The first written record of the use of zero unequivocally dates to 876 CE in an inscription on a stone tablet found in the town of Gwalior in central India.

Bakhshali numerals. Source: Wikimedia Commons.

Brahma Sphuta Siddhanta is said to have traveled from India into the Middle East at the time when Islamic caliphates began taking roots in Persia. A lost work of the 13th century Egyptian historian al-Qifti, tells the story of an Indian presenting a mathematical work in the court of Caliph al-Mansur, legendary ruler and founder of Baghdad, in around 776 CE. Contemporary French historian of mathematics, Georges Ifrah, believes that al-Qifti was referring to Brahma Sphuta Siddhanta, but no one knows for sure.

Although it is controversial, the first point of introduction of Hindu numerals into Persia is believed to be via the book On the Calculation with Hindu Numerals written in around 820 CE by al-Khwarizmi, a Persian scholar from whose name the Latin world ‘algorithm’ was derived. The original Arabic text is lost, but the work is survived by a twelfth century Latin translation called Algoritmi de numero Indorum. The Latin text describes the Indian place value system and mentions zero as a place holder. Scholars believe that the Latin text had additions to the original Arabic, so it is uncertain if the original did tackle the Indian numeral system as it is presented in Algoritmi de numero Indorum.

The earliest surviving text dealing with Indian numeral system is Kitab al-fusul fi al-hisab al-Hindi written by an Arab mathematician al-Uqlidisi in around 952 CE. He is accredited with the invention of decimal fractions, which he introduced in this work.

By the end of tenth century CE, Indian numerals were widespread in the Arab world. Just like in India, the numerals underwent changes in shape and pattern in Persia over time. The tenth century Persian astronomer and mathematician, al-Sijzi copied the Indian numerals 0-9 in the way they were written in Persia at the time. This work was completed in Shiraz in modern day Iran, and dated 969 CE. Al-Sijzi was a contemporary of al-Biruni. The two corresponded regularly and one of their famous correspondences discusses about the Earth being spherical and rotating round its axis. Out of context in this article, but that brings our story to a full circle.

The Hindu numerals gained widespread acceptance with Arab merchants who found it easier to use in their calculations. The numerals traveled into Europe from the Arab world via divergent routes. They first appeared in Europe in the 976 CE work, Codex Vigilanus, a compilation of historical narratives, law codes, decrees, and illustrations by three monks of the Riojan Monastery in Spain.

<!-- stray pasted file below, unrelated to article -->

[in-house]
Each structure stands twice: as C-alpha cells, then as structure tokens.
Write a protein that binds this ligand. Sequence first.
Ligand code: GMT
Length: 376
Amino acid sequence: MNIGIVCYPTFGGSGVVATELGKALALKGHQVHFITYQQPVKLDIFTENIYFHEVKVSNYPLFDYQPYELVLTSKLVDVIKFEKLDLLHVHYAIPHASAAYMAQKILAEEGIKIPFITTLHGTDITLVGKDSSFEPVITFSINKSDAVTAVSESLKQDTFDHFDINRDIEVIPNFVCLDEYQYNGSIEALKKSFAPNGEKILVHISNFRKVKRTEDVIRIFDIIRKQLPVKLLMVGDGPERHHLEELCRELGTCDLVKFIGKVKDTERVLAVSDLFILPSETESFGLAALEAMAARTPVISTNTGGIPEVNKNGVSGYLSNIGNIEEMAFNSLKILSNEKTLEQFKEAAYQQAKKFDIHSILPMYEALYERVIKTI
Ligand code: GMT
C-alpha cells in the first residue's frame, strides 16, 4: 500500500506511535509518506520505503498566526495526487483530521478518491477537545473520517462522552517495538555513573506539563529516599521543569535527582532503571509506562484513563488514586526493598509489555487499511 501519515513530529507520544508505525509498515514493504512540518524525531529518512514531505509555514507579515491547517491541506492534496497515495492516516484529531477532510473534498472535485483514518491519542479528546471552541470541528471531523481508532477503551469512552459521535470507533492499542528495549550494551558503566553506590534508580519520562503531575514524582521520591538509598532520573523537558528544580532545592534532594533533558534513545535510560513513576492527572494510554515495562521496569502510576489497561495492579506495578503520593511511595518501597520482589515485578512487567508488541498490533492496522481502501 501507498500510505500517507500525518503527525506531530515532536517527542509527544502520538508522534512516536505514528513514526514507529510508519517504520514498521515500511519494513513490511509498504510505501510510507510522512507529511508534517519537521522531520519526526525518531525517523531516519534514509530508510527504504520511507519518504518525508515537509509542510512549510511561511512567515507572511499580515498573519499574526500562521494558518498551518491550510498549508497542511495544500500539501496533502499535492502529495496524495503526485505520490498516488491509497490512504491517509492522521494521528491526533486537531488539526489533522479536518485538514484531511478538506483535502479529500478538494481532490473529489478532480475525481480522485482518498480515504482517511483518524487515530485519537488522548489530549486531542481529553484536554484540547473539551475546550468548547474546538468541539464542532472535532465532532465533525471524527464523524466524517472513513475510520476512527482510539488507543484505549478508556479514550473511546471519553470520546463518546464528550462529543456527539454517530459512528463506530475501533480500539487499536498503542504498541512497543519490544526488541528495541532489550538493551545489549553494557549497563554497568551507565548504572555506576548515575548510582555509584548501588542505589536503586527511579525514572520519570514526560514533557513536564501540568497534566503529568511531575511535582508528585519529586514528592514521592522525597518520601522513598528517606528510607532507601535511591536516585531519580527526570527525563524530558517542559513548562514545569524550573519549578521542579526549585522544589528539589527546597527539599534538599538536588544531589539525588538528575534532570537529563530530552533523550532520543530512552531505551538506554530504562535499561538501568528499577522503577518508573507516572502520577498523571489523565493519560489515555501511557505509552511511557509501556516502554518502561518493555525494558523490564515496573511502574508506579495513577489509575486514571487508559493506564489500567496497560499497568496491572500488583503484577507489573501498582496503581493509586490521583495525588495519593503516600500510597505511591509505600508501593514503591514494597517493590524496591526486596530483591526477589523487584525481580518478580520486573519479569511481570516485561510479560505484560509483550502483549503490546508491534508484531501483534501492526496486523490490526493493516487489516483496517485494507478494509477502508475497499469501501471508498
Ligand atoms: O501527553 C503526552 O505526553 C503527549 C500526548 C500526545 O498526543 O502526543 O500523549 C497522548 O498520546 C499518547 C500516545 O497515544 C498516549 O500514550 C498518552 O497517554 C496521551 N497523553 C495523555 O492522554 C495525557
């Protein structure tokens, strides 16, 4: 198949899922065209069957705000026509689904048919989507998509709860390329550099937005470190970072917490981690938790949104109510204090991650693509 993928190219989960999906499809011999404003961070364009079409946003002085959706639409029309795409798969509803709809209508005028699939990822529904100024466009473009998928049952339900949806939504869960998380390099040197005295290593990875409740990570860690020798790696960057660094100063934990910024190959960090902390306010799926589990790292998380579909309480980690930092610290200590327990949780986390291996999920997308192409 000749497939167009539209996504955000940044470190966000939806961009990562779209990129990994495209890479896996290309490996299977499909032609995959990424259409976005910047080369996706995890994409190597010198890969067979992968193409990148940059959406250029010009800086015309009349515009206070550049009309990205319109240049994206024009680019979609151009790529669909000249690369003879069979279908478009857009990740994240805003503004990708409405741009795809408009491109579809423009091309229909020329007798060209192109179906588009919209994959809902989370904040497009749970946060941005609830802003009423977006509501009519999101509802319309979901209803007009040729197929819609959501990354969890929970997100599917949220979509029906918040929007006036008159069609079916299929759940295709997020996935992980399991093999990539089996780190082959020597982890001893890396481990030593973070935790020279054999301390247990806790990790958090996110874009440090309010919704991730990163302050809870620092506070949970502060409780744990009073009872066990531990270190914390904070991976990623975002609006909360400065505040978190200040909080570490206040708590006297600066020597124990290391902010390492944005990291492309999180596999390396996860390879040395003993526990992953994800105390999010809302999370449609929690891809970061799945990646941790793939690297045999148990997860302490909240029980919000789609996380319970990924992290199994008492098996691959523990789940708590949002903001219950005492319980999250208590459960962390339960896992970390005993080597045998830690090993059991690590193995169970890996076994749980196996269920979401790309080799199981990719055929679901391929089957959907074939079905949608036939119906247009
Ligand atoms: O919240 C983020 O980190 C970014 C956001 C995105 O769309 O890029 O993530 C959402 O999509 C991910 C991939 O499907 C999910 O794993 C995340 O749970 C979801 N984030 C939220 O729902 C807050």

Arabic numerals in Codex Vigilanus. Source: Wikimedia Commons.

The thirteenth century Italian mathematician Fibonacci, who studied in Algeria, introduced Arabic numerals in Europe with his book Liber Abaci, published in 1202 CE in Pisa, Italy. A passage from this famous book reads: “When my father, who had been appointed by his country as public notary in the customs at Bugia [in Algeria] acting for the Pisan merchants going there, was in charge, he summoned me to him while I was still a child, and having an eye to usefulness and future convenience, desired me to stay there and receive instruction in the school of accounting. There, when I had been introduced to the art of the Indians' nine symbols through remarkable teaching, knowledge of the art very soon pleased me above all else and I came to understand it, for whatever was studied by the art in Egypt, Syria, Greece, Sicily and Provence, in all its various forms”.

A page from Liber Abaci. The Fibonacci series is shown at the top right. Note that the numbers 2, 8 and 9 closely resemble the Indian numerals and modern versions of these numbers. Source: Wikimedia Commons.

Liber Abaci was the first European work to describe the Hindu-Arabic numeral system, and the first to use the traditional Arabic numeral symbols. The book addressed both commercial tradesmen and mathematicians. It played a part in convincing Europeans of the superiority of Hindu-Arabic numerals over the use of abacus in calculations.

A medieval illustration of abacus versus the Hindu-Arabic numeral system. Source: Wikimedia Commons.

Hindu-Arabic numerals started gaining acceptance in Europe only after the invention of printing. It appears in the 1482 CE World map from Ptolemy, Cosmographia, printed in Germany. The modern numbers, as we know today, appeared first on the title page of the Libro Intitulado Arithmetica Practica by Juan de Yciar, a calligrapher and mathematician in Zaragoza in 1549 CE.

The Hindu-Arabic numeral system replaced all other systems of counting in the Western world. We cannot imagine any other way of counting today. Yet, its origins in India and journey to Europe through Persia is unknown to many. An Opinion article in the New York Times from June this year talked about a survey in which 3200 Americans were asked whether Arabic numerals should be taught in schools. More than half of them said ‘no’ and fifteen percent of the respondents had no answer. In the current geopolitical climate, the word ‘Arab’ might have been a decisive factor for the respondents, but the fact remains that most people don’t know that their very own 0-9 are in fact Arabic numerals.